JetBlue Gives Crews A Break, Cancels Northeast Flights

By: Nick Viviani
By: Nick Viviani
(courtesy JetBlue/Facebook)

(courtesy JetBlue/Facebook)

(CNN) -- Flying JetBlue Airways? You might not be on Monday or Tuesday if your travel includes Boston Logan International Airport or the three New York City-area airports.

Blaming a weekend of bad winter weather and new Federal Aviation Administration rules on pilot duty times, JetBlue said that it had started canceling "nearly all operations" around 1 p.m. ET Monday at Boston's Logan, New York's John F. Kennedy International Airport, New York's LaGuardia Airport and Newark Liberty International Airport in New Jersey. The reductions were expected to be complete around 6 p.m. ET, said JetBlue spokeswoman Tamara Young.

Starting on Tuesday at 10 a.m. ET, the airline will ramp up again to be "100% operational by 3 p.m. ET."

On its blog, the airline said its plan would allow "for 17 hours of rest for crews, and time for (JetBlue) Tech Ops to service the aircraft."

As a result, some customers "aren't seeing available seats for nearly a week." And with its call centers handling high volume because of so many canceled flights, the airline recommends rebooking travel or requesting a refund online.

While claiming the airline was prepared for the new rules that increase rest requirements for pilots, scheduling pilots and crews is a "delicate" operation under normal circumstances, wrote Young, via e-mail. "Delays or cancellations disrupt those handoffs placing crews or planes 'out of position' for their flights."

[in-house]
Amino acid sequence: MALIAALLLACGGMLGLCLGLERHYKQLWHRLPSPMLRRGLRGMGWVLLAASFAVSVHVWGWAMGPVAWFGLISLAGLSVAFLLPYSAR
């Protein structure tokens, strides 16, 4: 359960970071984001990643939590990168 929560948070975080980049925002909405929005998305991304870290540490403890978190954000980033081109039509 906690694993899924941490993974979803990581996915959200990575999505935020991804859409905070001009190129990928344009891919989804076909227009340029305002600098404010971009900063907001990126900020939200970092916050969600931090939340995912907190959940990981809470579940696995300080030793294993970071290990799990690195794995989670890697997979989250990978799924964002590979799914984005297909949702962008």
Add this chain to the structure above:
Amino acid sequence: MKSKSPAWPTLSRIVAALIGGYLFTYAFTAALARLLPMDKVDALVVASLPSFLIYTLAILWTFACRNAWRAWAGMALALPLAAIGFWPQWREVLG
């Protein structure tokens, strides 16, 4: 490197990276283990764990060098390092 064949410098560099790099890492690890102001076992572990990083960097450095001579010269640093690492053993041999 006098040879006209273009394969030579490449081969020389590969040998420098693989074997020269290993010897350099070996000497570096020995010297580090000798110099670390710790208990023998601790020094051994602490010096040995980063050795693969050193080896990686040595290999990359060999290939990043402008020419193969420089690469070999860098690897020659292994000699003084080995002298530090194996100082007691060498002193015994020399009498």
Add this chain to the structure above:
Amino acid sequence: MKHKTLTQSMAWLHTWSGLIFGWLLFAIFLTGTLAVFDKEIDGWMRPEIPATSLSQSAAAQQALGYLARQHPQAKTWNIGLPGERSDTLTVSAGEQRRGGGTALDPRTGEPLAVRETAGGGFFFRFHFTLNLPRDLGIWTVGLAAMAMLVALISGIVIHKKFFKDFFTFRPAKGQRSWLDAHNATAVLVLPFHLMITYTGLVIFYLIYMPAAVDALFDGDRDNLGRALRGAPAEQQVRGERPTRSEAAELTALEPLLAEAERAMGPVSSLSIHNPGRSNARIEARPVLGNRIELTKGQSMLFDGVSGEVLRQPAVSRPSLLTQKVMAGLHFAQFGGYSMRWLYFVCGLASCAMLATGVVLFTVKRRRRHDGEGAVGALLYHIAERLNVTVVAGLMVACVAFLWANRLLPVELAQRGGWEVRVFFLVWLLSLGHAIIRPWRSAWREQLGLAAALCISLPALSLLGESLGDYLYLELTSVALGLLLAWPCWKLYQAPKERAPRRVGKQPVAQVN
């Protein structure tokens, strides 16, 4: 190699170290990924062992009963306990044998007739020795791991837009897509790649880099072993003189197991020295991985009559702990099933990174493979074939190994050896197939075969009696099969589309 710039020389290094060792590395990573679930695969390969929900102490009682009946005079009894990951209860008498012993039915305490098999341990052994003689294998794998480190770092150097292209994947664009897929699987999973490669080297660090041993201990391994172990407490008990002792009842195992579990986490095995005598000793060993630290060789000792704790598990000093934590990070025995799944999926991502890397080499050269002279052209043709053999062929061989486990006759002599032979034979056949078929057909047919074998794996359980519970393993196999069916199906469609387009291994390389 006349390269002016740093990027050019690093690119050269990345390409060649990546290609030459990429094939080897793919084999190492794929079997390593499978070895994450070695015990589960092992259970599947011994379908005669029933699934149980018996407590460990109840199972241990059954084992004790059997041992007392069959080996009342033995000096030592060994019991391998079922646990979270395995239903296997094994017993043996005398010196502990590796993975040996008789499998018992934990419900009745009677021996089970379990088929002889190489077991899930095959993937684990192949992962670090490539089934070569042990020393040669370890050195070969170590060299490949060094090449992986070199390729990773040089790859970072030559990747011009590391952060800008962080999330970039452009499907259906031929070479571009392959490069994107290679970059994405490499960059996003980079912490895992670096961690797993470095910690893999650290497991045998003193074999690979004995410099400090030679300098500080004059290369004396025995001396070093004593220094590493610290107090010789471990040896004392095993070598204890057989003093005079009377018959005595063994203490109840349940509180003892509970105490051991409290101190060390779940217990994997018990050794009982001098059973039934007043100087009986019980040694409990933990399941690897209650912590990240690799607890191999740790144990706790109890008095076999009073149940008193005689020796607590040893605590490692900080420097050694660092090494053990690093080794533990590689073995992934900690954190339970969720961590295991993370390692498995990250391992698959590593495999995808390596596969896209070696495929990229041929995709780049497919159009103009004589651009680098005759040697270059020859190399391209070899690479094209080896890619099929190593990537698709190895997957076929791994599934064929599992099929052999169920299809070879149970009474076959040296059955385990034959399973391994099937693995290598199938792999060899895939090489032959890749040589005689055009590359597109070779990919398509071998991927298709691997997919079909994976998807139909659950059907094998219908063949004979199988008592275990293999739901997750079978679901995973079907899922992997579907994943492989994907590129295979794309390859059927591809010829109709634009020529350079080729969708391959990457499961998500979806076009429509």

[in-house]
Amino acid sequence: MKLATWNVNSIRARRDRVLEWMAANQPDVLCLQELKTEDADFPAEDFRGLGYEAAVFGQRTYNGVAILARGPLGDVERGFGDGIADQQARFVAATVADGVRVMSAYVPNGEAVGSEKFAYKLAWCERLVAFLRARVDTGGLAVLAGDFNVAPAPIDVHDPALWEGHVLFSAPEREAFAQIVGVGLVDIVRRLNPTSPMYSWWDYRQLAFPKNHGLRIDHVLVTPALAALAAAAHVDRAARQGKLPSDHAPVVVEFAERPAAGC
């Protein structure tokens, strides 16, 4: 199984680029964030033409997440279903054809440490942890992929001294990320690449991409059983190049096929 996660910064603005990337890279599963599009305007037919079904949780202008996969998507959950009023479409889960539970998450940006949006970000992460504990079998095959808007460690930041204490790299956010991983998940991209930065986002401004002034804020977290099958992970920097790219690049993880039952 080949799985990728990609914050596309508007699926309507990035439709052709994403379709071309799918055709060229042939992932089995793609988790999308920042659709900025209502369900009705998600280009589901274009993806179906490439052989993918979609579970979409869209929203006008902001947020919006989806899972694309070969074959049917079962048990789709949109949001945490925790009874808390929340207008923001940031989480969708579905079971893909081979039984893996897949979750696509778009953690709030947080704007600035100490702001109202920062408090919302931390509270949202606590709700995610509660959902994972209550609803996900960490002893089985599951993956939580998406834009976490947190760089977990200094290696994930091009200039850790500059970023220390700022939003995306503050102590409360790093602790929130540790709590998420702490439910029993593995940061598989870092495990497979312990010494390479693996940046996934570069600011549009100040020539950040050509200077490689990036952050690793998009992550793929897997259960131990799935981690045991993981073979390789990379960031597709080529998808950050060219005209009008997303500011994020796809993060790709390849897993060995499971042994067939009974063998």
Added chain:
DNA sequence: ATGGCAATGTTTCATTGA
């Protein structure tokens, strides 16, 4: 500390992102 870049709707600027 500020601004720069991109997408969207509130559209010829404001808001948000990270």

"In the midst of us repairing those schedules disrupted by this week's winter storms, we're facing an additional challenge as new FAA rules went into effect for crew rest," she wrote. "These rules further impact our ability to operate an already disrupted schedule, causing our pilots to 'time out' even sooner. As a result, additional cancellations are likely to occur as we work to reset the operation."

The FAA announced the rule changes in December 2011. Pilot fatigue became a top priority in 2009 for the Department of Transportation, which oversees the FAA, after the February 2009 crash of Colgan Air Flight 3407 near Buffalo, New York. The rules went into effect Saturday.

While other U.S. airlines are delaying and canceling flights because of severe weather patterns, no other major U.S. airline contacted by CNN cited the new rules as a cause.

An airline pilots union said the airlines had sufficient time to adjust to the new FAA work rules.

"They had two years to anticipate this (work hour rule) and to adjust accordingly," said Sean Cassidy, vice president of the Air Line Pilots Association. "So I think it's overly simplistic to suggest that they could ascribe this disruption -- which happens to coincide with this major, major winter snowstorm -- and just hang it all on that rule-making change."

While the new pilot rest rules may be one of the many things that have disrupted air travel this week, ThePointsGuy.com's Brian Kelly says the airlines are looking to blame others for not hiring enough pilots to withstand disruptions to their schedules.

"The rules are necessary for passenger safety, (and) the airlines have had years to prepare," he said.

At the end of the day, "the airlines really can't withstand irregular events like these," said Kelly. "They have really bad emergency management plans in place."

-- CNN's Mike Ahlers and Aaron Cooper contributed to this story.


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